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Cotswold Way

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The Cotswold Way, as the name suggests, passes through a region of hills in western England known as the Cotswolds. The Cotswolds have rightly been designated an Area of Outstanding Natural Beauty. The local geology is such that a steep slope, known as the Cotswold Edge, marks the western boundary of the region and the Cotswold Way hugs this slope closely for most of its 100-mile length in order to take full advantage of the tremendous views of the Severn estuary and Wales to the north and west.     

Cotswold Way

The area is renowned for its green, and typically English, rolling hills dotted with stunning, picture postcard villages built from the beautifully warm, honey coloured local stone. Although the terrain appears gentle and undulating, it is nonetheless true that the Cotswold Way has more than its fair share of ascents and descents. Often you will find yourself walking for miles along relatively flat ground on the edge of the scarp but at times, the frequent short, sharp, steep climbs will test both legs and lungs.

The trail starts in perhaps the most well known and frequently visited local town, Bath. Made famous by the historical exploitation of the local hot springs, Bath is nevertheless a vibrant town with a very contemporary feel as highlighted by the recent renovation of the Roman baths where the ancient stone architecture was blended with sharply modern glass walls and brushed stainless steel to stunning effect. Bath has an awful lot to offer and it's well worth delaying the start of your walking to explore it.

The trail begins by taking you through the famous Royal Crescent before climbing out to give great views of the town from Penn Hill and then on up to the town's racecourse and the site of the Civil War battle of Lansdowne Hill. From here, the trail takes you over rolling hills to the famous baroque house of Dyrham Park.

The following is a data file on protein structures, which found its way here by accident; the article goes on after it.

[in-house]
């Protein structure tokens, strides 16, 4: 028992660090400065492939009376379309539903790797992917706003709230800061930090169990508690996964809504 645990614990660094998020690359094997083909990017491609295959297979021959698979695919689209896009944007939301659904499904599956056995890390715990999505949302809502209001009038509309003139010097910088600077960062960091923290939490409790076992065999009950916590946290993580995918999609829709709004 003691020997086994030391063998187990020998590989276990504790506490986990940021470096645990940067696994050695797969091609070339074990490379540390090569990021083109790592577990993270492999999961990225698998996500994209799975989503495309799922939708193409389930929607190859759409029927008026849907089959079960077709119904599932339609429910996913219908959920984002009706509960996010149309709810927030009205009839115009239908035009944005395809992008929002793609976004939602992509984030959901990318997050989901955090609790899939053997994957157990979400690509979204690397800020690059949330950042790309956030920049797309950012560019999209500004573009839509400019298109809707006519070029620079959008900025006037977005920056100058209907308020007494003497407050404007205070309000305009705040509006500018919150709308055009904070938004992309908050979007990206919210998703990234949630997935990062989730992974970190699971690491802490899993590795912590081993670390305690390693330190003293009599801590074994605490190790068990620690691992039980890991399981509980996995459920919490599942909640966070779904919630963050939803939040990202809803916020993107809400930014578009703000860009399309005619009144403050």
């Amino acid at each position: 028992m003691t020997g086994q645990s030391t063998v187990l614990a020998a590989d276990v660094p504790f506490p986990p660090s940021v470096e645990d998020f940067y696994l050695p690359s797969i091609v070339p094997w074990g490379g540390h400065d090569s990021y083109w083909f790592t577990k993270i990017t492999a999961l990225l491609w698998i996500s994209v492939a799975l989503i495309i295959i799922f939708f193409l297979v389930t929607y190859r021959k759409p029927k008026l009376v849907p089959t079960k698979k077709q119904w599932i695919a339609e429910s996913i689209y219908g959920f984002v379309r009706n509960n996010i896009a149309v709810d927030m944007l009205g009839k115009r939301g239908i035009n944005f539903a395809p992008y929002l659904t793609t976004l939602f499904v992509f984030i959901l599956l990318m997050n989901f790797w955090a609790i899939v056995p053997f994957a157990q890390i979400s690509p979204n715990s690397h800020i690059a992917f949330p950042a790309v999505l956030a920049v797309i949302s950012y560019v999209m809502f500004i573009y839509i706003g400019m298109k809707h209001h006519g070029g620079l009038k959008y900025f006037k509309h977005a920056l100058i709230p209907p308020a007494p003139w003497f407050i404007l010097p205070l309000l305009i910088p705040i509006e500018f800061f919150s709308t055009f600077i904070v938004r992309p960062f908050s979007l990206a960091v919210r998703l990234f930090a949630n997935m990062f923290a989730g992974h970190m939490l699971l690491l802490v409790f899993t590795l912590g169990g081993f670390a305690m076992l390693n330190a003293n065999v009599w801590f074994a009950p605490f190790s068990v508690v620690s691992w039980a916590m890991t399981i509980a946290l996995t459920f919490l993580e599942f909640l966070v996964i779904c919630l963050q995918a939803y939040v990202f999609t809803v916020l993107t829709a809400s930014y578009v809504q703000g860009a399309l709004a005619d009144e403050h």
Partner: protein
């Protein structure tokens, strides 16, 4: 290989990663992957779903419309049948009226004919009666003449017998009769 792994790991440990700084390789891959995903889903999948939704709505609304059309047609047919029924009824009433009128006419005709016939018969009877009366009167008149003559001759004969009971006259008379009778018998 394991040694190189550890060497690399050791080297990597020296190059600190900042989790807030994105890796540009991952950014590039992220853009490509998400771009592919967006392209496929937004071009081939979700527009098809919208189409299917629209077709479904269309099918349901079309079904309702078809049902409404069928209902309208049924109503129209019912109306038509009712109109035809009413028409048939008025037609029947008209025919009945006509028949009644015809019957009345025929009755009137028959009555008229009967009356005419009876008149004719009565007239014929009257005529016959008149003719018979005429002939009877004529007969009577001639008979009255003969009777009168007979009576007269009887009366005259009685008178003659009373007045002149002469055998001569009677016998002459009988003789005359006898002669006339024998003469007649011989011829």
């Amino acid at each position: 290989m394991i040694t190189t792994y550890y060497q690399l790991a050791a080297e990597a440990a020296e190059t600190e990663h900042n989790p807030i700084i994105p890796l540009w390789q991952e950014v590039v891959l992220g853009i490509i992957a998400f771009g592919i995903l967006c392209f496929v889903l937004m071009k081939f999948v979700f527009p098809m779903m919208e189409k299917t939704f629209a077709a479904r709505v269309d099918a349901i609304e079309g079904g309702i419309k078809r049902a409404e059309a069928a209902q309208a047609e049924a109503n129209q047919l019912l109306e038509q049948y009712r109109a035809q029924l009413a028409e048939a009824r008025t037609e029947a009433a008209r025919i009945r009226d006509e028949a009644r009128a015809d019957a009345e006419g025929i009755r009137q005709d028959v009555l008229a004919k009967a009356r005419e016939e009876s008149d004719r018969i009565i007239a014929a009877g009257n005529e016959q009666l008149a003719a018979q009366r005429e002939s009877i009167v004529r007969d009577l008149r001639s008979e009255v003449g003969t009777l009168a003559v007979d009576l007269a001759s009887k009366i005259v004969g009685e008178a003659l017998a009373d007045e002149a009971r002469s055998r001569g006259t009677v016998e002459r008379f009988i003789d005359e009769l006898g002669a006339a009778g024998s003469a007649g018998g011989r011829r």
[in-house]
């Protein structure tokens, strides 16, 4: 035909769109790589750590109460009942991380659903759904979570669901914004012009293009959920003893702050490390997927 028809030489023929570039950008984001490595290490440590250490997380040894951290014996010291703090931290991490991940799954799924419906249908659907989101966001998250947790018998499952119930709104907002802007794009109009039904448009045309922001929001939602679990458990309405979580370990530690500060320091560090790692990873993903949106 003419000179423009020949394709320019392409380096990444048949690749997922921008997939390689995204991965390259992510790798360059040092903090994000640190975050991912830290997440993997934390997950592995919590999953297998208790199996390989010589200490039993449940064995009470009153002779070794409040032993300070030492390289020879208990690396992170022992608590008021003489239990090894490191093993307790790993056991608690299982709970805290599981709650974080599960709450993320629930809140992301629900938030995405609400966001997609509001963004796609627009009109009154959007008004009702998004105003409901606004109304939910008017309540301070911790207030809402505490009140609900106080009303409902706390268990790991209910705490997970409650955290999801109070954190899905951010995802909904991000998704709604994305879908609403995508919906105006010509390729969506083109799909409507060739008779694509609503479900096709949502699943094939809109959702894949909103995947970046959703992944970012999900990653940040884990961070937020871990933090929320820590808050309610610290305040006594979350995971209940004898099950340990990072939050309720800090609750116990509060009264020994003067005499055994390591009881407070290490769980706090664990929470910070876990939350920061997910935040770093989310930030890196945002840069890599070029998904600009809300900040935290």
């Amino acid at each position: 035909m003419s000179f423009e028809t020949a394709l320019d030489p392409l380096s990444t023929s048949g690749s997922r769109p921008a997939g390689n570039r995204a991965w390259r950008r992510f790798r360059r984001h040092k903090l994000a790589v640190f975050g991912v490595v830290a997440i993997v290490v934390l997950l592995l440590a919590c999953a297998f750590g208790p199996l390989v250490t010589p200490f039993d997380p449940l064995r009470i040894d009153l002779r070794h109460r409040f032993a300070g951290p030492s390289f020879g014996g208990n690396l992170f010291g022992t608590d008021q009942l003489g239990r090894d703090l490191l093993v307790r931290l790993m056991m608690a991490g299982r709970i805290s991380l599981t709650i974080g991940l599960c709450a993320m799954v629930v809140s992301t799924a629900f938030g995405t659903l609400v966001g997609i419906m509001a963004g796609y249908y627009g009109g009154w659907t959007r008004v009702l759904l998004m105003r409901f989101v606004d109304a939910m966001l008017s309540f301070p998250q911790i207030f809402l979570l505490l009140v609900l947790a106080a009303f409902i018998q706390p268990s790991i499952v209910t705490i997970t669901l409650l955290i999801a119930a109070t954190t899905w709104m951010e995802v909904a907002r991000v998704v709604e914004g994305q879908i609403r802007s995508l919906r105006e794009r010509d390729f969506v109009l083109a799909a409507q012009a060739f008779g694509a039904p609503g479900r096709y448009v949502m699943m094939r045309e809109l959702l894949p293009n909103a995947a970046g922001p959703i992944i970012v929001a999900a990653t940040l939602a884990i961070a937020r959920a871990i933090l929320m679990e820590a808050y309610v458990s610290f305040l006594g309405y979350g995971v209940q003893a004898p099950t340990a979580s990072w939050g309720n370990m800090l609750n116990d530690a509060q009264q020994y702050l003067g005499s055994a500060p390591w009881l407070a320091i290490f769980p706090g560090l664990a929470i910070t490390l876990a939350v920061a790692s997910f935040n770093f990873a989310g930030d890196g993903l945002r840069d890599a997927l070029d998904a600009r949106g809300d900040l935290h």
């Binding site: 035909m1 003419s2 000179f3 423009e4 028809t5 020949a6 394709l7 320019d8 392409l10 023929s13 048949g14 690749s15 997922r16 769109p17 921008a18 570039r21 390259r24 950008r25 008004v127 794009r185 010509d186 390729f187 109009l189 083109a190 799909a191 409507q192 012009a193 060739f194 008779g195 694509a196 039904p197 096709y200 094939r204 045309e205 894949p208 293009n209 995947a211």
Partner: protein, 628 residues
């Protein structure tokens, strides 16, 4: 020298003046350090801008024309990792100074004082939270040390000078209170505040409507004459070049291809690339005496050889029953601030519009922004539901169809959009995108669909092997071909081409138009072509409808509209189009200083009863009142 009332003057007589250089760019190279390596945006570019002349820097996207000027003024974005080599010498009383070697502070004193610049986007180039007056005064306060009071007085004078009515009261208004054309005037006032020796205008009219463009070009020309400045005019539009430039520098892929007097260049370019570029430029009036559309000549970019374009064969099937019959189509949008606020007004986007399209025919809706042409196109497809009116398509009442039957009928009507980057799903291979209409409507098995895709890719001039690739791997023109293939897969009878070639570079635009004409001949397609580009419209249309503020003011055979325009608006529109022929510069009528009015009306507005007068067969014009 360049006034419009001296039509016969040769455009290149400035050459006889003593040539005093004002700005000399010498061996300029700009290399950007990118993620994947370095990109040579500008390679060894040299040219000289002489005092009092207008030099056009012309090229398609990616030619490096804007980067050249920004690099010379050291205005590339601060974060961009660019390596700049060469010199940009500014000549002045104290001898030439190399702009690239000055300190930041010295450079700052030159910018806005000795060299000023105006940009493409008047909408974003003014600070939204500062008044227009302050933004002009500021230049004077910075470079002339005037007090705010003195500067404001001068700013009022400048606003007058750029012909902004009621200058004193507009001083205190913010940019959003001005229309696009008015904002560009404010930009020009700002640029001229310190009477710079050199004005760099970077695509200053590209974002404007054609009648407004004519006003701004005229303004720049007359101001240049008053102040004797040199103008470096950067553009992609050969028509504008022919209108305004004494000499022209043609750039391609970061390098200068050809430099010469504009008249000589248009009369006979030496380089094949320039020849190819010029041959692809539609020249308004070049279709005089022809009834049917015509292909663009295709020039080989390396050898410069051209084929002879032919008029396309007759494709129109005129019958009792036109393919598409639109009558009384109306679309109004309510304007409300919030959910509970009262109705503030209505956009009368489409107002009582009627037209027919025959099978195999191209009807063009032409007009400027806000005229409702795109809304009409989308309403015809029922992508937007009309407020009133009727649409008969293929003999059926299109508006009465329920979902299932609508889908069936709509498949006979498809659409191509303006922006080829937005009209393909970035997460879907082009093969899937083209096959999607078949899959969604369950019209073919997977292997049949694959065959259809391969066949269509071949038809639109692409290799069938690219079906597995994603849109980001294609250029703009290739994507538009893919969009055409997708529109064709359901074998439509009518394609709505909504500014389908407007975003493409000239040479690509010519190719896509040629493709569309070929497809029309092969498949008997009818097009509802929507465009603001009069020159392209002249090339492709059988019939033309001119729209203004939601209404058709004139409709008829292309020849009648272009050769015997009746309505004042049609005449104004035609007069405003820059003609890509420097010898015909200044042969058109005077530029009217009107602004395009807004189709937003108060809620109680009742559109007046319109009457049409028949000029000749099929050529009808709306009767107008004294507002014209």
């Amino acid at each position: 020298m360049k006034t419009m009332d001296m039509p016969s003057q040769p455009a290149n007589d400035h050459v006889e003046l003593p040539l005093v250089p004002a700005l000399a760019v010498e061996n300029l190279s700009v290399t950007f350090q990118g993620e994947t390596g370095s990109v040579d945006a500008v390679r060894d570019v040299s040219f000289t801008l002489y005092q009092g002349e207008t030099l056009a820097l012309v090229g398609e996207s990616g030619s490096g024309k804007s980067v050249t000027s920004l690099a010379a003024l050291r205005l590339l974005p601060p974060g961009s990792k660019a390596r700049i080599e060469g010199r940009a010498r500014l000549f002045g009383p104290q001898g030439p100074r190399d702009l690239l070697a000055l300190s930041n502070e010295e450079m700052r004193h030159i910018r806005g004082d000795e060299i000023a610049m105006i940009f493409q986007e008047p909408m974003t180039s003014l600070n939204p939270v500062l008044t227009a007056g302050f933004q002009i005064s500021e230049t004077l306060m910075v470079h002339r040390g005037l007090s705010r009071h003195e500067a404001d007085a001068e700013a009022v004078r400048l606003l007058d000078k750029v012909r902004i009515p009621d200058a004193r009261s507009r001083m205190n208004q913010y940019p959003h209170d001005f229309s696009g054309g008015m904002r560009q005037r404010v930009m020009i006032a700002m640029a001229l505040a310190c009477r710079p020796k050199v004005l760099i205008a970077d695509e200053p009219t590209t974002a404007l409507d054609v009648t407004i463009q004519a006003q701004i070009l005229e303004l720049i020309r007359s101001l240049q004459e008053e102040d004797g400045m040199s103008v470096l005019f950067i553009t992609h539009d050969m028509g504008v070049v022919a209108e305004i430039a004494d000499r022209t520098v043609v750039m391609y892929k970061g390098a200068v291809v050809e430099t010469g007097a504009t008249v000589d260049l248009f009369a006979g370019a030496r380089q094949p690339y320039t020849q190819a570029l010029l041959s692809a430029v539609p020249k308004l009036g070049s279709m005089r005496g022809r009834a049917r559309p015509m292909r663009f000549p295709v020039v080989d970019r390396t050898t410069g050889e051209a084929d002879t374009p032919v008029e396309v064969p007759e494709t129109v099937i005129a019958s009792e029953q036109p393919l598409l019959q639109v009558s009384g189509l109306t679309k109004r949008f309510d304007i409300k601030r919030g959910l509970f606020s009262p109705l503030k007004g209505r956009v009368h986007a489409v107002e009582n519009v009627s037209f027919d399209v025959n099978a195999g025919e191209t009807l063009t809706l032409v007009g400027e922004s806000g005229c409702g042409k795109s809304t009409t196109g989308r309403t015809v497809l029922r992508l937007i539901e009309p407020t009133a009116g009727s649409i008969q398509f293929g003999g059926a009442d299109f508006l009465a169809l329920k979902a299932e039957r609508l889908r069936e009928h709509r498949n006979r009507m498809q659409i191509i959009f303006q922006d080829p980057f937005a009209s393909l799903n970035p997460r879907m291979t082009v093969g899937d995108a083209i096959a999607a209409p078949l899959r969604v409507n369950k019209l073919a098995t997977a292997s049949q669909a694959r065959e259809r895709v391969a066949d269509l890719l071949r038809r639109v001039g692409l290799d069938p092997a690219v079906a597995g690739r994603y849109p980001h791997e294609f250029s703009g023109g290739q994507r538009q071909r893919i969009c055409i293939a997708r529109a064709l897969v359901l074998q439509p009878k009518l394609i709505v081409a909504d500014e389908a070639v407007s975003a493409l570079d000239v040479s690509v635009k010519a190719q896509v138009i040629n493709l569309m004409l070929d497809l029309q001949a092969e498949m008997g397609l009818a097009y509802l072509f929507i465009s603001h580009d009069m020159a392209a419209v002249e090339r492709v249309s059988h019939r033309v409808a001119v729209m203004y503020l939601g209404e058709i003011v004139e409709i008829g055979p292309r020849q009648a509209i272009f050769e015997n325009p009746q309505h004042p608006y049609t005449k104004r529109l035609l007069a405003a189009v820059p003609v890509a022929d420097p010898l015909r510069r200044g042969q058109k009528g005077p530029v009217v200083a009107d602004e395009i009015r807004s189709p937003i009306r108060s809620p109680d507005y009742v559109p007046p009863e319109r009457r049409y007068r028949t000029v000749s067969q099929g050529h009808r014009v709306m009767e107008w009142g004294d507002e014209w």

Further on the trail continues to follow the escarpment passing villages such as Old Sodbury and the Somerset Monument near Hawkesbury Upton. It is here that the trail enters a region of beautiful valleys cut deeply into the often-wooded limestone hillside and this rather complex landscape continues past another Victorian tower, the Tyndale Monument on the superbly named viewpoint of Nibley Knoll, to the pleasant market town of Stroud.

More delightful pastures and wooded sections lead further north over Standish Beacon and Haresfield Beacon through lovely Painswick village and onwards eventually to Cheltenham. The trail loops a long way round to the east here but you should definitely take some time out to explore Cheltenham itself. It's like Bath but more so. From Cheltenham a lovely open section of high heath land known as Cleeve Common takes us over to Winchcombe with the remains of Hailes Abbey and yet more perfect villages in the form of Stanton and Broadway. A diversion off-route to Snowshill is worthy of the extra walking, before we drop steeply down off Dovers Hill to reach our final destination outside the town hall in Chipping Campden.  



 

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